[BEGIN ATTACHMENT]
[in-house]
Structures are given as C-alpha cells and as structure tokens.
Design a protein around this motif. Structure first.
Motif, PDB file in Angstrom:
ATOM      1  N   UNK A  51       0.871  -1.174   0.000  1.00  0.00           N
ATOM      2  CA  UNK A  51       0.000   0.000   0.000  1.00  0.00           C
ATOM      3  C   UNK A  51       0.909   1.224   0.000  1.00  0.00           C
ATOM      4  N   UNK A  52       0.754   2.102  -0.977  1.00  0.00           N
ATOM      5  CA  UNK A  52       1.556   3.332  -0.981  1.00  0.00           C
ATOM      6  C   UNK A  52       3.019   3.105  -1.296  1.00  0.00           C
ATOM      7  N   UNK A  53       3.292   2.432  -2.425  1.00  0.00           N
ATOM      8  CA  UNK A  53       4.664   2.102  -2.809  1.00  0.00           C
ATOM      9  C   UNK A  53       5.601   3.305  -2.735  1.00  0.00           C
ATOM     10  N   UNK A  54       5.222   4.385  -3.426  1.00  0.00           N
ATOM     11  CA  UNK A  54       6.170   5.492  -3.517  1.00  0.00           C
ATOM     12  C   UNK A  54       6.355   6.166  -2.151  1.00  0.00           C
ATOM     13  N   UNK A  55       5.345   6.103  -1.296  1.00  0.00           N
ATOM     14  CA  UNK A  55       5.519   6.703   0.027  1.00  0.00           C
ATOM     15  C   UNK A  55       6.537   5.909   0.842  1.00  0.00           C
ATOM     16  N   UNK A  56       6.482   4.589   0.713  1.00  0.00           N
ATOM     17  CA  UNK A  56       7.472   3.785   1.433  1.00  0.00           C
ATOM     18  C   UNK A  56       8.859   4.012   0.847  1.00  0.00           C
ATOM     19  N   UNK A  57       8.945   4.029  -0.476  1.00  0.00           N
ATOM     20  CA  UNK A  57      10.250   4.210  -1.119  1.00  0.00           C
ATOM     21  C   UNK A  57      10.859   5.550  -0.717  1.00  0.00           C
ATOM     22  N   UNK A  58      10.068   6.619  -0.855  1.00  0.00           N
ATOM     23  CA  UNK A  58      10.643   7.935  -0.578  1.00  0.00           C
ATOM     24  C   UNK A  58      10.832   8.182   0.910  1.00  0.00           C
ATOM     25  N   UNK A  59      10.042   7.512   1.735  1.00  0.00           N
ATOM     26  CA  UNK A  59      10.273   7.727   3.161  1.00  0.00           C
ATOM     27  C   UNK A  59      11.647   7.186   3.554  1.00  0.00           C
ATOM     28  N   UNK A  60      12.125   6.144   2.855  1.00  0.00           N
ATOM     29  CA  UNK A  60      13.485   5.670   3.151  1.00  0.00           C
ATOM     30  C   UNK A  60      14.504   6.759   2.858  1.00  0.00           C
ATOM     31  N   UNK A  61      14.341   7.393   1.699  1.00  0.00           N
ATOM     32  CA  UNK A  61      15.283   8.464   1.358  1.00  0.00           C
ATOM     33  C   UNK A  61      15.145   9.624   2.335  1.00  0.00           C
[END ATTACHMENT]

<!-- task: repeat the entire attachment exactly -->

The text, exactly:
[in-house]
Structures are given as C-alpha cells and as structure tokens.
Design a protein around this motif. Structure first.
Motif, PDB file in Angstrom:
ATOM      1  N   UNK A  51       0.871  -1.174   0.000  1.00  0.00           N
ATOM      2  CA  UNK A  51       0.000   0.000   0.000  1.00  0.00           C
ATOM      3  C   UNK A  51       0.909   1.224   0.000  1.00  0.00           C
ATOM      4  N   UNK A  52       0.754   2.102  -0.977  1.00  0.00           N
ATOM      5  CA  UNK A  52       1.556   3.332  -0.981  1.00  0.00           C
ATOM      6  C   UNK A  52       3.019   3.105  -1.296  1.00  0.00           C
ATOM      7  N   UNK A  53       3.292   2.432  -2.425  1.00  0.00           N
ATOM      8  CA  UNK A  53       4.664   2.102  -2.809  1.00  0.00           C
ATOM      9  C   UNK A  53       5.601   3.305  -2.735  1.00  0.00           C
ATOM     10  N   UNK A  54       5.222   4.385  -3.426  1.00  0.00           N
ATOM     11  CA  UNK A  54       6.170   5.492  -3.517  1.00  0.00           C
ATOM     12  C   UNK A  54       6.355   6.166  -2.151  1.00  0.00           C
ATOM     13  N   UNK A  55       5.345   6.103  -1.296  1.00  0.00           N
ATOM     14  CA  UNK A  55       5.519   6.703   0.027  1.00  0.00           C
ATOM     15  C   UNK A  55       6.537   5.909   0.842  1.00  0.00           C
ATOM     16  N   UNK A  56       6.482   4.589   0.713  1.00  0.00           N
ATOM     17  CA  UNK A  56       7.472   3.785   1.433  1.00  0.00           C
ATOM     18  C   UNK A  56       8.859   4.012   0.847  1.00  0.00           C
ATOM     19  N   UNK A  57       8.945   4.029  -0.476  1.00  0.00           N
ATOM     20  CA  UNK A  57      10.250   4.210  -1.119  1.00  0.00           C
ATOM     21  C   UNK A  57      10.859   5.550  -0.717  1.00  0.00           C
ATOM     22  N   UNK A  58      10.068   6.619  -0.855  1.00  0.00           N
ATOM     23  CA  UNK A  58      10.643   7.935  -0.578  1.00  0.00           C
ATOM     24  C   UNK A  58      10.832   8.182   0.910  1.00  0.00           C
ATOM     25  N   UNK A  59      10.042   7.512   1.735  1.00  0.00           N
ATOM     26  CA  UNK A  59      10.273   7.727   3.161  1.00  0.00           C
ATOM     27  C   UNK A  59      11.647   7.186   3.554  1.00  0.00           C
ATOM     28  N   UNK A  60      12.125   6.144   2.855  1.00  0.00           N
ATOM     29  CA  UNK A  60      13.485   5.670   3.151  1.00  0.00           C
ATOM     30  C   UNK A  60      14.504   6.759   2.858  1.00  0.00           C
ATOM     31  N   UNK A  61      14.341   7.393   1.699  1.00  0.00           N
ATOM     32  CA  UNK A  61      15.283   8.464   1.358  1.00  0.00           C
ATOM     33  C   UNK A  61      15.145   9.624   2.335  1.00  0.00           C